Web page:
Gold miners' profits may be near record highs after a five-fold rise in the gold price over the past decade, but you wouldn't know it from their share prices - and investors are getting impatient.
The FTSE Gold Mines Index - encompassing major gold miners around the world with production of more than 300,000 ounces a year - has fallen nearly 40 per cent from the highs of last year, despite a less dramatic 15 per cent fall in the price of gold over the same period. Huge cost overruns and expensive takeovers near the top of the market have hurt even the best-run companies - and investors are seething over the broad share price underperformance and non-corresponding generous pay packages of executives.
As has been the case with several other sectors this year, this pressure has led to a number of high-profile oustings of top executives. The world's largest gold miner by market capitalisation and production, Barrick Gold of Canada, fired its chief executive Aaron Regent in June shortly before admitting capital costs at the company's huge Pascua Lama project on the border of Chile and Argentina have shot up by $3bn (£1.9bn) to $8bn. The company also shelved two other major projects and reported production problems at a flagship mine acquired in its $7.5bn (£4.6bn) takeover last year of Equinox Resources.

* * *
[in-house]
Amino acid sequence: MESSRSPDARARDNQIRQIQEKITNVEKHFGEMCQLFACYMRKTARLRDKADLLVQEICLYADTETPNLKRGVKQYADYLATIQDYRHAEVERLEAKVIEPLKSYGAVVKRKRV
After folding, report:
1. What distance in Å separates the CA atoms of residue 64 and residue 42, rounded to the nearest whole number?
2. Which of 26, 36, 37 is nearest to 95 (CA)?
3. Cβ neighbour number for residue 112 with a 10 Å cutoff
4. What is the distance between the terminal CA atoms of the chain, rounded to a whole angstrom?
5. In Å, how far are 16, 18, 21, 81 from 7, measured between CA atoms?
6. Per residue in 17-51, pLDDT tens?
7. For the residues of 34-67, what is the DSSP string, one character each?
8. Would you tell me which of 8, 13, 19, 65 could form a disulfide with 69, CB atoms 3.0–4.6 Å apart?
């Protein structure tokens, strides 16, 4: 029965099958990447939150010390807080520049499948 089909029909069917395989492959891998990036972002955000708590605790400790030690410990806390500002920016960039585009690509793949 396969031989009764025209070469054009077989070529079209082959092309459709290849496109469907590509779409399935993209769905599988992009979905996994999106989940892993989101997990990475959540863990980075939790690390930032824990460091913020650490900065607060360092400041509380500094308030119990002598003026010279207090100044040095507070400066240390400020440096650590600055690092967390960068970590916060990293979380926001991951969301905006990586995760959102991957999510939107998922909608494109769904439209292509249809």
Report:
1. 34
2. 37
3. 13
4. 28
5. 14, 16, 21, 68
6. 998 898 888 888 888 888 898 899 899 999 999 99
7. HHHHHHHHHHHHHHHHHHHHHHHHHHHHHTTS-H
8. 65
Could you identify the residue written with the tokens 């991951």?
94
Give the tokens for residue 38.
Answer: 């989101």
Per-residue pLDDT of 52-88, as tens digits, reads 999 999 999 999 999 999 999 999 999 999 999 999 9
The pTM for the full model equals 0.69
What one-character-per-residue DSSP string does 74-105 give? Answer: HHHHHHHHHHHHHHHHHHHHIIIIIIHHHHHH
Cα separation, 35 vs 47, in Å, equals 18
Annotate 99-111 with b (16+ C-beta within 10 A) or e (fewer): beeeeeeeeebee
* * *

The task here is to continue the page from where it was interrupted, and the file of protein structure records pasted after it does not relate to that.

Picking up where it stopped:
Last week, Canada's third-largest gold miner by market capitalisation, Kinross Gold, fired chief executive Tye Burt for similar reasons after seven years in the job. Rumour has it that a third chief executive of a major gold miner is set to go shortly.
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